Thursday, October 29, 2009

Utah's Bleak Finances Are Even Worse Than Previously Thought

What is a state government to do when it is facing revenues that are sixteen percent less than they had projected three months ago- and those projections supposedly factored in the Great Recession we are enduring?

Consider the words from this article:

Salt Lake County's mayor is now asking for a $13.4 million property tax increase, despite nixing a similar proposal from the county council months ago.

Peter Corroon said the county simply can't cut anymore after trimming jobs, wages, 401(k) contributions, open days at county outdoor pools and Sundays at 10 county recreation centers.

"At some point you have to say there are things we won't sacrifice," Corroon told KSL Newsradio in an interview Wednesday. "I said I won't sacrifice public safety and I won't sacrifice programs for our seniors and our children, so that's where we drew the line."

The 2010 budget would provide for the operation of the newly reopened Oxbow Jail and the Salt Lake County Fair.

Corroon said Salt lake County is now "in the eye of the storm" when it comes to the economic downturn. The 2009 county budget was $801 million. The proposed 2010 budget stands at $638 million.

If you were expecting some new bicycle facilities to be built for you in Salt Lake County, do you think they would've survived the one hundred sixty three million dollar budget cut? Yeah, I don't either.

More locally:

Texans continue to spend and buy less, as the state reported a 12.5 percent drop in sales tax revenue in September.
The decrease matches August’s decline, the largest this year.
The state comptroller’s office announced Friday (October 9, 2009) that it collected $1.47 billion in sales tax in September, compared with $1.68 billion in September 2008. The collections are for sales made in August.

Note, Texans enjoy being relieved of any state income tax.

One theme I have noticed in all of the news is a continued mantra that the bottom is in, we will be up and out next year. I believe this is wishful thinking in the face of contrary evidence.

It was reported today that last week alone, there were more than half a million folks who lost their jobs. The four week average of new job losses is more than five hundred thousand pink slips handed out each week.

The government hands out a report today that trumpets the economy grew last quarter, but the internal data shows that disposable personal income decreased in real terms quarter over quarter by 7.4%! That is an enormous swing in purchasing power and not in the right direction.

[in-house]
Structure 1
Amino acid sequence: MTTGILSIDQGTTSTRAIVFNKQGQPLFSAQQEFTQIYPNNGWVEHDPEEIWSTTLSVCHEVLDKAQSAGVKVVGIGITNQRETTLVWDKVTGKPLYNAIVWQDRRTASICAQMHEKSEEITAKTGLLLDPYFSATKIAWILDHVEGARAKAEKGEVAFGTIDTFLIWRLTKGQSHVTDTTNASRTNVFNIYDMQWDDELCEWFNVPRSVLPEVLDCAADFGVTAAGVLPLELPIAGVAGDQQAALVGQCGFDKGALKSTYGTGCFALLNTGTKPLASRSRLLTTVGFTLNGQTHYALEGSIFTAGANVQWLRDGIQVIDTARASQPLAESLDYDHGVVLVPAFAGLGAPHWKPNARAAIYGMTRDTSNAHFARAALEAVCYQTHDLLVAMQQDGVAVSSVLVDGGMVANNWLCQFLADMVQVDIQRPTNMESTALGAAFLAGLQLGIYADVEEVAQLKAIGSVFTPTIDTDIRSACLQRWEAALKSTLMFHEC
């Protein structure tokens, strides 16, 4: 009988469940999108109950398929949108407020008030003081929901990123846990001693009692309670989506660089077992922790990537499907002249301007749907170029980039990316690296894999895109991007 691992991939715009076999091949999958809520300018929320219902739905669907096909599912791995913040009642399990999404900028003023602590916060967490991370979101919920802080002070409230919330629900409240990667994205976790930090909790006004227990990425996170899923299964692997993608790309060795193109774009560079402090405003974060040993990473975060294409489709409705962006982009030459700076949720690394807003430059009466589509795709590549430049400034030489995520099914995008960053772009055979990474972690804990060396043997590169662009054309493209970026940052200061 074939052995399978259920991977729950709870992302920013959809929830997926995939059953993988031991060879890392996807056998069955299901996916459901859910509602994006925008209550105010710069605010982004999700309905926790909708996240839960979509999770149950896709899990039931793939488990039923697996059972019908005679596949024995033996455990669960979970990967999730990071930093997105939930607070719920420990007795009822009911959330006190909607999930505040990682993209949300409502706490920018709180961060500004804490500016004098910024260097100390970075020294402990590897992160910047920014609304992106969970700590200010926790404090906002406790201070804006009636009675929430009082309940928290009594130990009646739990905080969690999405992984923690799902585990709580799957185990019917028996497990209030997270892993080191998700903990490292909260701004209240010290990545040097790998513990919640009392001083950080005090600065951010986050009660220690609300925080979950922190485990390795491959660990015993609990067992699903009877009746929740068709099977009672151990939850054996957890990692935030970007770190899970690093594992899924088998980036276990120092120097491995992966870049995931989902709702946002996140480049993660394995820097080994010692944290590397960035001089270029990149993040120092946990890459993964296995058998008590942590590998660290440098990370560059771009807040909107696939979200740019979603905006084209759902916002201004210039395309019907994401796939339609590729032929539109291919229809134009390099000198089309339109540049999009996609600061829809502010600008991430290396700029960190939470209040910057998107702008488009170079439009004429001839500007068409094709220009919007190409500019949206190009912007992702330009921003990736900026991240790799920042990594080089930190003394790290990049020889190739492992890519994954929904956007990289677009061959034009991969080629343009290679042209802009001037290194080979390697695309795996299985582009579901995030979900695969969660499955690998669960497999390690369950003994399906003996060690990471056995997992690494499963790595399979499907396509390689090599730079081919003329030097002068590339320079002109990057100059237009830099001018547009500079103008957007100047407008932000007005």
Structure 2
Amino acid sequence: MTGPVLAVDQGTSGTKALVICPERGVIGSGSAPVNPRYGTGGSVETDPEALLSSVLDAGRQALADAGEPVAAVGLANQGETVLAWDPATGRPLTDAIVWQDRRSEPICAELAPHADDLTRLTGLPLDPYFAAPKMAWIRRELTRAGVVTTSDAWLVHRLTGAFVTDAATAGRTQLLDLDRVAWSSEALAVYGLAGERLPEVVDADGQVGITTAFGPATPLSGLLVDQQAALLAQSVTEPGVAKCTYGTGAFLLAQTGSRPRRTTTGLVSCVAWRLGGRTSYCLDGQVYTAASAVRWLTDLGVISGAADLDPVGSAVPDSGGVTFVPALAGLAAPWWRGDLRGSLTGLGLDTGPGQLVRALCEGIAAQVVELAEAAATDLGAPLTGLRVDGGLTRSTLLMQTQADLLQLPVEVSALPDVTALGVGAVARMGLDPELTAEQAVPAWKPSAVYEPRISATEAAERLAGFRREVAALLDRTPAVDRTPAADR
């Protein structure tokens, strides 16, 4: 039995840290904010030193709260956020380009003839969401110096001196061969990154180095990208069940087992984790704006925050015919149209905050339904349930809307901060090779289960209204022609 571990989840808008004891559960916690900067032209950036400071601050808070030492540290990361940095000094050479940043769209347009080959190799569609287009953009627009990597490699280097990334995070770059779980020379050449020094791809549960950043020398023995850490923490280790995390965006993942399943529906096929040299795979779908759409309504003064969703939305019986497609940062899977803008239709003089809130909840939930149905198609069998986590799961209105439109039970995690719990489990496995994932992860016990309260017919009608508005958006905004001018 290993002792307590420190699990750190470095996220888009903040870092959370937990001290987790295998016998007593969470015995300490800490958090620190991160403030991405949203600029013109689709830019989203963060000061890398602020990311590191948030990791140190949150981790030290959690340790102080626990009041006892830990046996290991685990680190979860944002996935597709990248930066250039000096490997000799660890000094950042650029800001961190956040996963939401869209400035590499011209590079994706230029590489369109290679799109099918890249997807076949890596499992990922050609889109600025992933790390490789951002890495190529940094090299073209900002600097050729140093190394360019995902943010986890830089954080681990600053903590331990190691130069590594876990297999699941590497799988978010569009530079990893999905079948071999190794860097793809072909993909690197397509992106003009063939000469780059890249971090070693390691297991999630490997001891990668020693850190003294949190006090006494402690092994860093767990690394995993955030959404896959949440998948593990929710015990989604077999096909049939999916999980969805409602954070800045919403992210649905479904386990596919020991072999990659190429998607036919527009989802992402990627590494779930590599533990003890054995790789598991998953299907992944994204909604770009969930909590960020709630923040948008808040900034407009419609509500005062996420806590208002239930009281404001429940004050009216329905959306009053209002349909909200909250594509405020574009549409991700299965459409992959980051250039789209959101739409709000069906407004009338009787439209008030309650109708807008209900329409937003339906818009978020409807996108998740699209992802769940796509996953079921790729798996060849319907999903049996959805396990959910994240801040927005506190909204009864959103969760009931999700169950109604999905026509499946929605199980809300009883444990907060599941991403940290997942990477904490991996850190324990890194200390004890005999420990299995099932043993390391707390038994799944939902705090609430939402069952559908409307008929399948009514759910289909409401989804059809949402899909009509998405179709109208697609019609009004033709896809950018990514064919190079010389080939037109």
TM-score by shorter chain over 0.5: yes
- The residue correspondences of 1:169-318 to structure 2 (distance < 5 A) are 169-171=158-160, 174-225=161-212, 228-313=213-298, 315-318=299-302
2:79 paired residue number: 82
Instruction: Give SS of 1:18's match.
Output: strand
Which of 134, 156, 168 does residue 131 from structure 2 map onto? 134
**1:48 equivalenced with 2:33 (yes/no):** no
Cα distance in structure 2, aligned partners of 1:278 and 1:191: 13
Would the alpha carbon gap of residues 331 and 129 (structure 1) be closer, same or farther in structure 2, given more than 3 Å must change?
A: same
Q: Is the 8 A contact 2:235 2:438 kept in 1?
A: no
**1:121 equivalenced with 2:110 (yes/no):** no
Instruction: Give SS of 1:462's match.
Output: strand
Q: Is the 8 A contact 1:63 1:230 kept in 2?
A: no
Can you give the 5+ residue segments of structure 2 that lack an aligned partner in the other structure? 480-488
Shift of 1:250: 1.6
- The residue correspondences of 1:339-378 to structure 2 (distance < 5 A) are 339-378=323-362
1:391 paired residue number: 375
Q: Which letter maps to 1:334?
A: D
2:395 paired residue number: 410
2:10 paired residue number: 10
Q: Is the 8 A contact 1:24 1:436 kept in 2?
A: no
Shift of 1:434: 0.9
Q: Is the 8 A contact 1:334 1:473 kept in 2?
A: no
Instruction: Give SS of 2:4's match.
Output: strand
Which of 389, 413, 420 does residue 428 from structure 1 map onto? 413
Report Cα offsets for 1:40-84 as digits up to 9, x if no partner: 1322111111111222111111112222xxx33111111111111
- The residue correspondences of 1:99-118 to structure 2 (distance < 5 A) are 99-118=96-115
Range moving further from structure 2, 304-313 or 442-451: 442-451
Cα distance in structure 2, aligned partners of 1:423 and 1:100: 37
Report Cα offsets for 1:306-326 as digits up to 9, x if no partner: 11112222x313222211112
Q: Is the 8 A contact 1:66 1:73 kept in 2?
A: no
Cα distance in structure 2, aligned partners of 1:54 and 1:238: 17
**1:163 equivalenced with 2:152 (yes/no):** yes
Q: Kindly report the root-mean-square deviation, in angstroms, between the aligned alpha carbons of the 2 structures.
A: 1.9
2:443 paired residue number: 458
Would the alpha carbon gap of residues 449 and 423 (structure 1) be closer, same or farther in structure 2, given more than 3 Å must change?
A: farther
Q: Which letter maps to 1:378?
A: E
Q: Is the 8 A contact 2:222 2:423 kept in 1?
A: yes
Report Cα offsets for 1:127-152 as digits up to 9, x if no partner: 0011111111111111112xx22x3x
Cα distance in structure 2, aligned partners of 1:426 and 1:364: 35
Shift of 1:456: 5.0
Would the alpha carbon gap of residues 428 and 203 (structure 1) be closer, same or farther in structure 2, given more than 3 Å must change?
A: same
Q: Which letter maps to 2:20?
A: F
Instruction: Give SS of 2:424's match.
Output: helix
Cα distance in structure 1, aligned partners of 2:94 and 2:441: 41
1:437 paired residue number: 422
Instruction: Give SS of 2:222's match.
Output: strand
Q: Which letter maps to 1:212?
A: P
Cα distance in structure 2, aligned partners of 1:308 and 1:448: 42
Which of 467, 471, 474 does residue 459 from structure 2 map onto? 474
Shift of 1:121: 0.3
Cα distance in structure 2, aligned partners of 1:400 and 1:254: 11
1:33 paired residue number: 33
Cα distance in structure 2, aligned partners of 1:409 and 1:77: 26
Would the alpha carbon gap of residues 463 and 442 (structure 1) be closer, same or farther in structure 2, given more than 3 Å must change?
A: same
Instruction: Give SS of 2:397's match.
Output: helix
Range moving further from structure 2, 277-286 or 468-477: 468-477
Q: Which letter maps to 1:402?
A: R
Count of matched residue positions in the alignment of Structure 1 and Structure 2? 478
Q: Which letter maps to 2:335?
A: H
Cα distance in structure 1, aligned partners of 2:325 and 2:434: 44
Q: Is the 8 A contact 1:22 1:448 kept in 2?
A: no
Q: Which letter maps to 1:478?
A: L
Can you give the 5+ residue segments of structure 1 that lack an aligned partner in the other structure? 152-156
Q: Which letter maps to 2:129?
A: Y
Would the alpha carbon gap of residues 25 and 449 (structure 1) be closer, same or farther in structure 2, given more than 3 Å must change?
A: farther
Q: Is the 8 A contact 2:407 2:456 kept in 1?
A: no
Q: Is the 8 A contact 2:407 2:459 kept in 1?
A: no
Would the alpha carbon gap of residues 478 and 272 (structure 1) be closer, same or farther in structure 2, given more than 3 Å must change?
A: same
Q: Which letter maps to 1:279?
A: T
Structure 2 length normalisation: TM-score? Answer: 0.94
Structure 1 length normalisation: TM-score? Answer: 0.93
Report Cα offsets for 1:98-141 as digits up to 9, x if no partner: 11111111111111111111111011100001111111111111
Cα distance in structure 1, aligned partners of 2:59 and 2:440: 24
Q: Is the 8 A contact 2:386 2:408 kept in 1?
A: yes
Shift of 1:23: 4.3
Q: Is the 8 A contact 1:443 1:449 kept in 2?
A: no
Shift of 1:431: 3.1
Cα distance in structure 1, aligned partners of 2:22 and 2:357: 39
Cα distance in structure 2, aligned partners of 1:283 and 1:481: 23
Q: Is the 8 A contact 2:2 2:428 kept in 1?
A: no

Other claims of new housing starts and exports in the report seem to be false as corroborating data (Sales at Home Depot and Lowe's, and truck/train freight and port activity show no corresponding improvement.) cannot be found. Swings of twenty percent quarter over quarter seem implausible as well.
The American consumer is in hibernation, and I do not yet see any sign of spring. There is way too much of everything in the economy except for debt.

This elected officials are hearing the siren song of the headlines and subsequently engaging in hopeful denial. They hope that if they can hunker down the revenue stream will improve and they can avoid the painful choices that must be faced. The truth is, they will not be able to to put it off any longer.

Houston is bankrupt. That city is broke. They will never be able to pay all of their obligations. They now have no alternative to bankruptcy court to unload them. Each Houston citizen owes five thousand three hundred thirty eight dollars. For comparison, each California resident owes two thousand five hundred twenty eight dollars each. (Their financial peril is somewhat different, as states have no recourse to bankruptcy court.)

In fact, municipal budgets throughout this country are so strained by pension obligations alone, they may not even be able to fund infrastructure maintenance projects like filling potholes. (Not that anyone would notice a decrease in service!)

So if painting lines on the streets, painting sharrows in the door zone or paving long narrow recreational playgrounds is what you are advocating for, how can you do to remain relevant in this environment?

May I make a few suggestions? Work to make traffic laws equitable for all vehicles on the public way. Get rid of far-to-right laws and discriminatory mandatory bike lane laws. Either repeal mandatory helmet laws or make them mandatory for all who operate any kind of vehicle on the road.